Supply not matching post pandemic tourism demand

  • Lusa
  • 26 July 2022

The growth in tourism demand in the post-pandemic is not being accompanied by full recovery of supply.

The exponential growth in tourism demand in the post-pandemic of Covid-19 is not being accompanied by full recovery of supply, creating management problems, revealed a scientific study released on Tuesday by the University of Coimbra (UC).

According to the UC, in a note sent to Lusa news agency, the study “gathered and analysed several scientific contributions on the abrupt halt of the tourism industry because of the Covid-19 pandemic, and the potential of this interruption to rethink tourism strategies.

On the other hand, the scientific article, entitled “Tourism Sustainability and COVID-19 Pandemic: Is There a Positive Side?”, identified “a set of good practices that can contribute to the financial, social and environmental sustainability of tourism.”

Cited in the note on the relevance of bringing the issue of tourism to the discussion in the post-pandemic Covid-19, Cláudia Seabra, a lecturer at the Faculty of Arts, University of Coimbra (FLUC) and researcher at the Centre for Geography and Spatial Planning Studies (CEGOT) and coordinator of the study, stressed that “the exponential growth in demand is not being accompanied by full recovery of supply, creating management problems, overloading, lack of manpower, congestion at airports, among others.

The statement stressed that “the pre-existing excess of tourism, the environmental footprint of aviation and the unbalanced relationship between tourists and residents” still exists.

Cláudia Seabra considered it necessary to “deal with health and environmental challenges, to create a climate change neutral world in the post-pandemic era, which are also major challenges, in order to boost the tourism industry”.

The “main” good practices identified in the scientific work include “listening to the new concerns of customers” and “providing personalised travel services,” as well as “stimulating innovation and creativity in tourism services.”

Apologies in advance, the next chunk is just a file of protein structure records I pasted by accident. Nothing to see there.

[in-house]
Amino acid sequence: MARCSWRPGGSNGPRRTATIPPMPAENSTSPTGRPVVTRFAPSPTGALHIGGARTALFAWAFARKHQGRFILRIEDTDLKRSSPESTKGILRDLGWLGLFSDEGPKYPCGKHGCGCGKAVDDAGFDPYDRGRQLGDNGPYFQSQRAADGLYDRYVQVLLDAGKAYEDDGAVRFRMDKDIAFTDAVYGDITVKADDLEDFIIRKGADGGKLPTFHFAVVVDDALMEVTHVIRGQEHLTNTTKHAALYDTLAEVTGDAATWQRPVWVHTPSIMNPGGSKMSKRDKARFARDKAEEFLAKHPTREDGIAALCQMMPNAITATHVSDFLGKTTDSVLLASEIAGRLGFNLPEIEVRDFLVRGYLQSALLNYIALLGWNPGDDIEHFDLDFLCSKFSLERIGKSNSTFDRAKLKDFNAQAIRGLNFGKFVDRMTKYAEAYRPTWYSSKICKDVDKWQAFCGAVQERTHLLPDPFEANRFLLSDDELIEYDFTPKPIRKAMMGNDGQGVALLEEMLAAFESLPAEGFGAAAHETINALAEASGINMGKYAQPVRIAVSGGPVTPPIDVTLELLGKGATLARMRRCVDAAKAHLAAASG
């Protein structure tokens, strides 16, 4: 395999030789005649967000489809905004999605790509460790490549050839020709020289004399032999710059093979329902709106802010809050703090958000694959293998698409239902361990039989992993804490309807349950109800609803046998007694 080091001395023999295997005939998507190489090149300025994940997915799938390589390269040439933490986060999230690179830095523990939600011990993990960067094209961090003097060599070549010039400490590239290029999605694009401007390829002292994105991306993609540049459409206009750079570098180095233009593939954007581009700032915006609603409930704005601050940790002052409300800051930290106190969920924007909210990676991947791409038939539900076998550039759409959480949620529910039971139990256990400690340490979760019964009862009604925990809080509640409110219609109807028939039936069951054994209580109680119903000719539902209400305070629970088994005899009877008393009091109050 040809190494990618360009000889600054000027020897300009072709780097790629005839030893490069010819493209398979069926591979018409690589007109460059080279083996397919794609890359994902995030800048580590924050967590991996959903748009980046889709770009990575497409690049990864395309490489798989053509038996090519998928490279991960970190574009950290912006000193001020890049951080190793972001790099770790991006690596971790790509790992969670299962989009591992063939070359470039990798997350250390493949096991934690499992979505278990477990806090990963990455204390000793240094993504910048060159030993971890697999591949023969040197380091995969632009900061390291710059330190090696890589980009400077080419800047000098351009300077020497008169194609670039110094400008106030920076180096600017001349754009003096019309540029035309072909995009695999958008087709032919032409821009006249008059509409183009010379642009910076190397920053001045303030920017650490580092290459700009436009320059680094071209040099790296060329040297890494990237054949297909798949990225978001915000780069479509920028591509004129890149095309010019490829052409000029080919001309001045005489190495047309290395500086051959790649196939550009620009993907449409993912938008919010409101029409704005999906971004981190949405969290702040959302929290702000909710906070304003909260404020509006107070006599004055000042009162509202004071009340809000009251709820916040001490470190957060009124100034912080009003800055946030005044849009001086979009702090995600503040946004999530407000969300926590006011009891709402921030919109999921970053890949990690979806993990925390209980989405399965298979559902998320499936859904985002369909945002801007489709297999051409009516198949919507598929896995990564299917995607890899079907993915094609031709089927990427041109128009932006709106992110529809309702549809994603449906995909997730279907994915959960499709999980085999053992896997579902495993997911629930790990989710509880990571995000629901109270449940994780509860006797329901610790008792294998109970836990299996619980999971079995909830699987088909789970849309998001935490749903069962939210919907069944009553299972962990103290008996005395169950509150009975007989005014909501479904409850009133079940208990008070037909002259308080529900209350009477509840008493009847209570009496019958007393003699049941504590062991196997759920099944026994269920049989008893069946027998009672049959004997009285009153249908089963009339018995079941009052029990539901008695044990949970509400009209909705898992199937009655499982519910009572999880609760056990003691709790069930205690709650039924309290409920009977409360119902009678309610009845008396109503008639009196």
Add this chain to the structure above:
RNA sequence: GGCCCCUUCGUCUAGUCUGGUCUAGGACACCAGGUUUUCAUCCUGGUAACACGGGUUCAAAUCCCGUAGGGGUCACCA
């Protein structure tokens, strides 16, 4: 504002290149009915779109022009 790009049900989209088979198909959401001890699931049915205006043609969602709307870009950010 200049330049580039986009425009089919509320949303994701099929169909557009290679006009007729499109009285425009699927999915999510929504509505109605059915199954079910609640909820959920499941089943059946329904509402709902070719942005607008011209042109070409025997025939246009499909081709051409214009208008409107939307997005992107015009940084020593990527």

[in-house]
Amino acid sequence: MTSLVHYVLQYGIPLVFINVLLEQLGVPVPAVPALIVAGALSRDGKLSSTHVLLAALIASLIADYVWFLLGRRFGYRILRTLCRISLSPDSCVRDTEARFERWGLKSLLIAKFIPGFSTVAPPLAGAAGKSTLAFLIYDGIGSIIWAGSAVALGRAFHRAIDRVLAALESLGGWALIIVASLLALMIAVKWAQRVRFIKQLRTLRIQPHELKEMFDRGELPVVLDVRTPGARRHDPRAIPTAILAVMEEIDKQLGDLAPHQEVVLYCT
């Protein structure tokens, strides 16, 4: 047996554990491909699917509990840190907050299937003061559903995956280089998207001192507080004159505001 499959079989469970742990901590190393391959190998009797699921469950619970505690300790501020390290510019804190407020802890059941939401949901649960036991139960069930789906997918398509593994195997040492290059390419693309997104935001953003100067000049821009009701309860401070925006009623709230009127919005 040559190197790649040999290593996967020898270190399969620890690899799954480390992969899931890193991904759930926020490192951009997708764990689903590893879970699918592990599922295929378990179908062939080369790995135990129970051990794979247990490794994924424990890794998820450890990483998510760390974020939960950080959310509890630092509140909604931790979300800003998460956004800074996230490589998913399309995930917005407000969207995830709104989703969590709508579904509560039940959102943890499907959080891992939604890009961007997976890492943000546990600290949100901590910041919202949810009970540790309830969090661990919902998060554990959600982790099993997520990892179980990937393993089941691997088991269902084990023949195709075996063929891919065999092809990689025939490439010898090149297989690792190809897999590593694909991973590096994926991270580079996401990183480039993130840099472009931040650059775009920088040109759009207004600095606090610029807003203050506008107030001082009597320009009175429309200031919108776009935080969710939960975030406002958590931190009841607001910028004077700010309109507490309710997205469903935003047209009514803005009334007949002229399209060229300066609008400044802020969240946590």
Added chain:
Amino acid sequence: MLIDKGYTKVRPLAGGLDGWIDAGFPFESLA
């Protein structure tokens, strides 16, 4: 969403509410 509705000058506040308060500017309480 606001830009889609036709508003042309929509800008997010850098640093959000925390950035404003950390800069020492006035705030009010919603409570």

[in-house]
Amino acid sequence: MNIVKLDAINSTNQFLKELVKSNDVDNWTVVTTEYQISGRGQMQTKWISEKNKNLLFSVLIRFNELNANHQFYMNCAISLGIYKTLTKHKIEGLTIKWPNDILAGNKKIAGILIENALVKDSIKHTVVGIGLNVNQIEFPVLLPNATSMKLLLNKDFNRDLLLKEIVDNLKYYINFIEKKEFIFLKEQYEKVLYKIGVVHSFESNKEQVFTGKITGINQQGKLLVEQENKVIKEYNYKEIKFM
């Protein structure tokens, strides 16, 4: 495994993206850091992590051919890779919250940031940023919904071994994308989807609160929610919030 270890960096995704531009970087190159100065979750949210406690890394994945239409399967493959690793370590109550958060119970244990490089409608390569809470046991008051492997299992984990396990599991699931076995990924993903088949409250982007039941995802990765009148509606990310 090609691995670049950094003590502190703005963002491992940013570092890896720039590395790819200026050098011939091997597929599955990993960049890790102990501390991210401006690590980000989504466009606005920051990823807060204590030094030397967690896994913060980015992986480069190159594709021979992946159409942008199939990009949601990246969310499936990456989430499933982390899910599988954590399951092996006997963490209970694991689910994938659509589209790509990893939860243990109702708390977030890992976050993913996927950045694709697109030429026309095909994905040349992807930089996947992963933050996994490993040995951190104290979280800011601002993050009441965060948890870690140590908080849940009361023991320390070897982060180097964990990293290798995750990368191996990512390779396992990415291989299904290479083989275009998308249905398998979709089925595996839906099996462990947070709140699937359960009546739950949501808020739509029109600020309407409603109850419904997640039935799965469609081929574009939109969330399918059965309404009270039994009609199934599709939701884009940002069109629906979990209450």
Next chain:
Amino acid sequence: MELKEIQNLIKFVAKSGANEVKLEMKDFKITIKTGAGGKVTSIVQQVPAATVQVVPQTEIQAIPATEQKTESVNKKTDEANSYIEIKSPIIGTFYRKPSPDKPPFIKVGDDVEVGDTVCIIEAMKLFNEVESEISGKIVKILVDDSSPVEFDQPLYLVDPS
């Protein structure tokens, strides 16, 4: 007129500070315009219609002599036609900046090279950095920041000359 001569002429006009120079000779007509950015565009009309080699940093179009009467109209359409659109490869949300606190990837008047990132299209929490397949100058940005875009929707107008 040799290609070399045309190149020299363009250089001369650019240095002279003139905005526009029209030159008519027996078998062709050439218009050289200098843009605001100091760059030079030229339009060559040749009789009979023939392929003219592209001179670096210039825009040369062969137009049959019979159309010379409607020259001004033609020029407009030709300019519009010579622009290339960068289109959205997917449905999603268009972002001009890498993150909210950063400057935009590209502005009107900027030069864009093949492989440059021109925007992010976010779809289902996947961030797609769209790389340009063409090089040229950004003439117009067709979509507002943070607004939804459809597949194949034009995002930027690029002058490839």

The study also defended “the promotion and maintenance of travel bubbles,” translated by the “existence of circulation corridors that allow for cooperation between regions and countries.”

Other “much needed practices” include, among others and according to the FLUC/CEGOT researcher, to maintain the reduction of tourism’s environmental footprint, to stimulate the discovery of alternative travel destinations and domestic tourism, to give more emphasis to safety and hygiene issues and “to participate in more balanced practices of managing social relations between tourists and receiving communities.”

Another measure advocated by Cláudia Seabra is to “interrupt the pre-pandemic scenario of ‘overtourism’ (excess tourism demand).”

To “help tourism in the post-pandemic”, the FLUC lecturer pointed out strategies, which include the use of alternative modes of transport, reducing dependence on aviation and meeting safety and quality standards, conservation and rational use of resources, inducing responsible behaviour among tourists and communities and also the use of available infrastructure instead of additional construction.

On the “challenges of the applicability of good practices” set out in the study, the researcher argued that, at the current time, companies and managers in the tourism area “quickly need to recover profit”.

“However, tourists are now more demanding and want quality and safety. On the other hand, residents in tourist destinations have also become more critical and demand respect for their space and their role in tourism activity,” she noted.

In this context, argued Cláudia Seabra, “companies and destination managers need to undertake long-term planning that is not reduced to the recovery of profit, but that passes through sustainable operating tactics.”

The results of the study now released aim to “contribute so that tourism in the post-pandemic is not just a temporary relief of pre-existing unsustainable practices.”